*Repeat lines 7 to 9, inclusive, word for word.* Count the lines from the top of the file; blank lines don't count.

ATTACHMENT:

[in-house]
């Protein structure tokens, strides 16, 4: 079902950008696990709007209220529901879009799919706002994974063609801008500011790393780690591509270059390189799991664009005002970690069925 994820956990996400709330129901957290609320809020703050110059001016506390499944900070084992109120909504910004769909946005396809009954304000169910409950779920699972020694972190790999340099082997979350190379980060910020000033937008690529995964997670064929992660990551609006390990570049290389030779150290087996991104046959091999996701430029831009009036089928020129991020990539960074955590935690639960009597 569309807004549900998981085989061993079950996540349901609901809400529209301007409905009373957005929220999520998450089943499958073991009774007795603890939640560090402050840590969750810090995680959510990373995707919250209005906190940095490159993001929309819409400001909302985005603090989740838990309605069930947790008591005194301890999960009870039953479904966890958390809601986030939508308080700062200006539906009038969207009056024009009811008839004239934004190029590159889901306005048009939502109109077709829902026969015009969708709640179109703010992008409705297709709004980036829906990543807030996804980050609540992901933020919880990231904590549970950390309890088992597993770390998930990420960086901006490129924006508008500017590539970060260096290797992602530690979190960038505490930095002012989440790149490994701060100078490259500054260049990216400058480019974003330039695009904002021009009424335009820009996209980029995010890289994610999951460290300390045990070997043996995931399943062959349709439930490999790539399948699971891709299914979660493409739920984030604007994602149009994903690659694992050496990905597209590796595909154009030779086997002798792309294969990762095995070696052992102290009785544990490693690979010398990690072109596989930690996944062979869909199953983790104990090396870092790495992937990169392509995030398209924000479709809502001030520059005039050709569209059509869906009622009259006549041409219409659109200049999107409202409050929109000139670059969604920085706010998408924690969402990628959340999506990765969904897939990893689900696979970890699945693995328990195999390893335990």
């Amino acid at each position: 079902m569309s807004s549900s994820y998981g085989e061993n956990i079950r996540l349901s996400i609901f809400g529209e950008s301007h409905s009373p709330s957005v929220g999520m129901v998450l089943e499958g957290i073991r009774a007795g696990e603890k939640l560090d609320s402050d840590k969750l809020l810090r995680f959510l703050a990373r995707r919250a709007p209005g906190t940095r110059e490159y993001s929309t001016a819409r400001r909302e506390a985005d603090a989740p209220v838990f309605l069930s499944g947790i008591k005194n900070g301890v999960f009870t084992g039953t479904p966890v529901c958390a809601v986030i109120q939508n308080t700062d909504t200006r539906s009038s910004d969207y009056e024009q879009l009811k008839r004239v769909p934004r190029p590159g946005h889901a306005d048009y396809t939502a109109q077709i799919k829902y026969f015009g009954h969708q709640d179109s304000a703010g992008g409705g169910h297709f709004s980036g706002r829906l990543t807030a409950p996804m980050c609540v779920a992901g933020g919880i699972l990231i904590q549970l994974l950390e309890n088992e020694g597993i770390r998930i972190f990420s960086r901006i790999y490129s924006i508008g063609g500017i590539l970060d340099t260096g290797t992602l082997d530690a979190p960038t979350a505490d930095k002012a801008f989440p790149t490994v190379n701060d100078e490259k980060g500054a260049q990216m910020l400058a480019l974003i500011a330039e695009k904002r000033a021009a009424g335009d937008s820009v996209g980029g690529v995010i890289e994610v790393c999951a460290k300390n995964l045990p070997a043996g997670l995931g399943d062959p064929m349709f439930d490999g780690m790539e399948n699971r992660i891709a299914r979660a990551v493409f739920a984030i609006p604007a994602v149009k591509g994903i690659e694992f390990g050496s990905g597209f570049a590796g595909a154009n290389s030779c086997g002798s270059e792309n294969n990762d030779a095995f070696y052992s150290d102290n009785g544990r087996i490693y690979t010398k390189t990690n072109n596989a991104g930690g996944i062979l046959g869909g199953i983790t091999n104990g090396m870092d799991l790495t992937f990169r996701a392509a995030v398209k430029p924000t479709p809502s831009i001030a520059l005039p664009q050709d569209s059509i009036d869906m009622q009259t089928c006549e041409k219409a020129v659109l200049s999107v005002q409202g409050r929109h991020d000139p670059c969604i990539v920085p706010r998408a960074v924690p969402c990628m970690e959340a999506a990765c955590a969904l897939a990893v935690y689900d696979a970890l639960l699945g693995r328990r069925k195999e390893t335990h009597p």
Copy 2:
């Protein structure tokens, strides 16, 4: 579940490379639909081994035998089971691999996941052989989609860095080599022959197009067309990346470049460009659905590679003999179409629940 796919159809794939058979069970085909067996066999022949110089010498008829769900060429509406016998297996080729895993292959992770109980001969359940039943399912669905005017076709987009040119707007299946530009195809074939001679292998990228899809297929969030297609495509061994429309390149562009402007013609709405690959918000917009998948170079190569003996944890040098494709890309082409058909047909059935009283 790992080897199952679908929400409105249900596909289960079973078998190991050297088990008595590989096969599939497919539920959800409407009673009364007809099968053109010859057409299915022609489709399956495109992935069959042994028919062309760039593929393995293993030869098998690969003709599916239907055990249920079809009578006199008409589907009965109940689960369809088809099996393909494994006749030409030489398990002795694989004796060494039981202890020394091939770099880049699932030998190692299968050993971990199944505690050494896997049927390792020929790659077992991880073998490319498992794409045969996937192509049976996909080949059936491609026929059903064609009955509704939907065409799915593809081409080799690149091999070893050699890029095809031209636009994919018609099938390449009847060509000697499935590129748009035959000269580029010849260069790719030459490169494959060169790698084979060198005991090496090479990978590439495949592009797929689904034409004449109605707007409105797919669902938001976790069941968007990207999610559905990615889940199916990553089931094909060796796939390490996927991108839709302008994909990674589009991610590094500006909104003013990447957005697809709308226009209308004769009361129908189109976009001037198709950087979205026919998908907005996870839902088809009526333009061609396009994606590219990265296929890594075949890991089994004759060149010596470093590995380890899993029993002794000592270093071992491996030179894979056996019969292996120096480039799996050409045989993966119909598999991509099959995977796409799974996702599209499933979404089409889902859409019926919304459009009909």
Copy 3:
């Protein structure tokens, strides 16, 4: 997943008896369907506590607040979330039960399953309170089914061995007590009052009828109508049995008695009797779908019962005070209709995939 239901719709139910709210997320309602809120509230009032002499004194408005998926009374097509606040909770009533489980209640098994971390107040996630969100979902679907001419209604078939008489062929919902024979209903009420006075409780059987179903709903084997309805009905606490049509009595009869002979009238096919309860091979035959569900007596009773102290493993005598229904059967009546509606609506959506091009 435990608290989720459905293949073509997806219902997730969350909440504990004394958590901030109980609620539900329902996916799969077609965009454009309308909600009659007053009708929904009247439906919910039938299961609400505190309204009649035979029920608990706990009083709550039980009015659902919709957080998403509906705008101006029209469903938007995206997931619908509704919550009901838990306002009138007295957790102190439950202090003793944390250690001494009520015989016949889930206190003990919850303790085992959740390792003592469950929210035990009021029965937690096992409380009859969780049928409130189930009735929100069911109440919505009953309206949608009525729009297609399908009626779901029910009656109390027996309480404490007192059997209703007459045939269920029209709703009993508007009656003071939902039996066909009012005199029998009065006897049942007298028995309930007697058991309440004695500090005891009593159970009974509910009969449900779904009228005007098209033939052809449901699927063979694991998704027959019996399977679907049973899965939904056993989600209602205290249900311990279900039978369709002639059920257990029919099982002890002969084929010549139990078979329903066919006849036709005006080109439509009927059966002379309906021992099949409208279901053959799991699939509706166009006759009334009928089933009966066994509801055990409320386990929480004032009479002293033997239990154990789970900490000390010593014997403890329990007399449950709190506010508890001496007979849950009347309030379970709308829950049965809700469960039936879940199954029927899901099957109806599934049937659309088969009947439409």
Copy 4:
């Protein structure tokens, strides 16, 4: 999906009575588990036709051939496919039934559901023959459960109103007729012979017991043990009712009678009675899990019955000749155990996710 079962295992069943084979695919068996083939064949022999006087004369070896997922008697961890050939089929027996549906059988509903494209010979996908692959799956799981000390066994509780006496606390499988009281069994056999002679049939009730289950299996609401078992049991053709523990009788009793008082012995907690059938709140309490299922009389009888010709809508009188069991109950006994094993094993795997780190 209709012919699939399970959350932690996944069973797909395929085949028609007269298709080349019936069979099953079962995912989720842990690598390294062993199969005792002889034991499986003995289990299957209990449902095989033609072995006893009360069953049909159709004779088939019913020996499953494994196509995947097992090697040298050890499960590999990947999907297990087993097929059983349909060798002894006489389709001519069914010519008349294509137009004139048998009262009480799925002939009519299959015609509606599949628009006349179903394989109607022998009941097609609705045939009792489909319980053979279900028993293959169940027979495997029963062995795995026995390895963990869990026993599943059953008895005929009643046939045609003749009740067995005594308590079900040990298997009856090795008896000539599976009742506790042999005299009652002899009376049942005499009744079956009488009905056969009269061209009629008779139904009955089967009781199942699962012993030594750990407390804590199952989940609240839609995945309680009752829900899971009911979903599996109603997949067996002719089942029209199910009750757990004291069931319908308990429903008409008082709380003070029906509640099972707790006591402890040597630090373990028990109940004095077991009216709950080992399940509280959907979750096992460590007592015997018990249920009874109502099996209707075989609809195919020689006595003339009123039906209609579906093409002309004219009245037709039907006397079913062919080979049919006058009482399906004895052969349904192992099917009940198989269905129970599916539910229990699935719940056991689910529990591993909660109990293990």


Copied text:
């Protein structure tokens, strides 16, 4: 997943008896369907506590607040979330039960399953309170089914061995007590009052009828109508049995008695009797779908019962005070209709995939 239901719709139910709210997320309602809120509230009032002499004194408005998926009374097509606040909770009533489980209640098994971390107040996630969100979902679907001419209604078939008489062929919902024979209903009420006075409780059987179903709903084997309805009905606490049509009595009869002979009238096919309860091979035959569900007596009773102290493993005598229904059967009546509606609506959506091009 435990608290989720459905293949073509997806219902997730969350909440504990004394958590901030109980609620539900329902996916799969077609965009454009309308909600009659007053009708929904009247439906919910039938299961609400505190309204009649035979029920608990706990009083709550039980009015659902919709957080998403509906705008101006029209469903938007995206997931619908509704919550009901838990306002009138007295957790102190439950202090003793944390250690001494009520015989016949889930206190003990919850303790085992959740390792003592469950929210035990009021029965937690096992409380009859969780049928409130189930009735929100069911109440919505009953309206949608009525729009297609399908009626779901029910009656109390027996309480404490007192059997209703007459045939269920029209709703009993508007009656003071939902039996066909009012005199029998009065006897049942007298028995309930007697058991309440004695500090005891009593159970009974509910009969449900779904009228005007098209033939052809449901699927063979694991998704027959019996399977679907049973899965939904056993989600209602205290249900311990279900039978369709002639059920257990029919099982002890002969084929010549139990078979329903066919006849036709005006080109439509009927059966002379309906021992099949409208279901053959799991699939509706166009006759009334009928089933009966066994509801055990409320386990929480004032009479002293033997239990154990789970900490000390010593014997403890329990007399449950709190506010508890001496007979849950009347309030379970709308829950049965809700469960039936879940199954029927899901099957109806599934049937659309088969009947439409």
Copy 4:
């Protein structure tokens, strides 16, 4: 999906009575588990036709051939496919039934559901023959459960109103007729012979017991043990009712009678009675899990019955000749155990996710 079962295992069943084979695919068996083939064949022999006087004369070896997922008697961890050939089929027996549906059988509903494209010979996908692959799956799981000390066994509780006496606390499988009281069994056999002679049939009730289950299996609401078992049991053709523990009788009793008082012995907690059938709140309490299922009389009888010709809508009188069991109950006994094993094993795997780190 209709012919699939399970959350932690996944069973797909395929085949028609007269298709080349019936069979099953079962995912989720842990690598390294062993199969005792002889034991499986003995289990299957209990449902095989033609072995006893009360069953049909159709004779088939019913020996499953494994196509995947097992090697040298050890499960590999990947999907297990087993097929059983349909060798002894006489389709001519069914010519008349294509137009004139048998009262009480799925002939009519299959015609509606599949628009006349179903394989109607022998009941097609609705045939009792489909319980053979279900028993293959169940027979495997029963062995795995026995390895963990869990026993599943059953008895005929009643046939045609003749009740067995005594308590079900040990298997009856090795008896000539599976009742506790042999005299009652002899009376049942005499009744079956009488009905056969009269061209009629008779139904009955089967009781199942699962012993030594750990407390804590199952989940609240839609995945309680009752829900899971009911979903599996109603997949067996002719089942029209199910009750757990004291069931319908308990429903008409008082709380003070029906509640099972707790006591402890040597630090373990028990109940004095077991009216709950080992399940509280959907979750096992460590007592015997018990249920009874109502099996209707075989609809195919020689006595003339009123039906209609579906093409002309004219009245037709039907006397079913062919080979049919006058009482399906004895052969349904192992099917009940198989269905129970599916539910229990699935719940056991689910529990591993909660109990293990």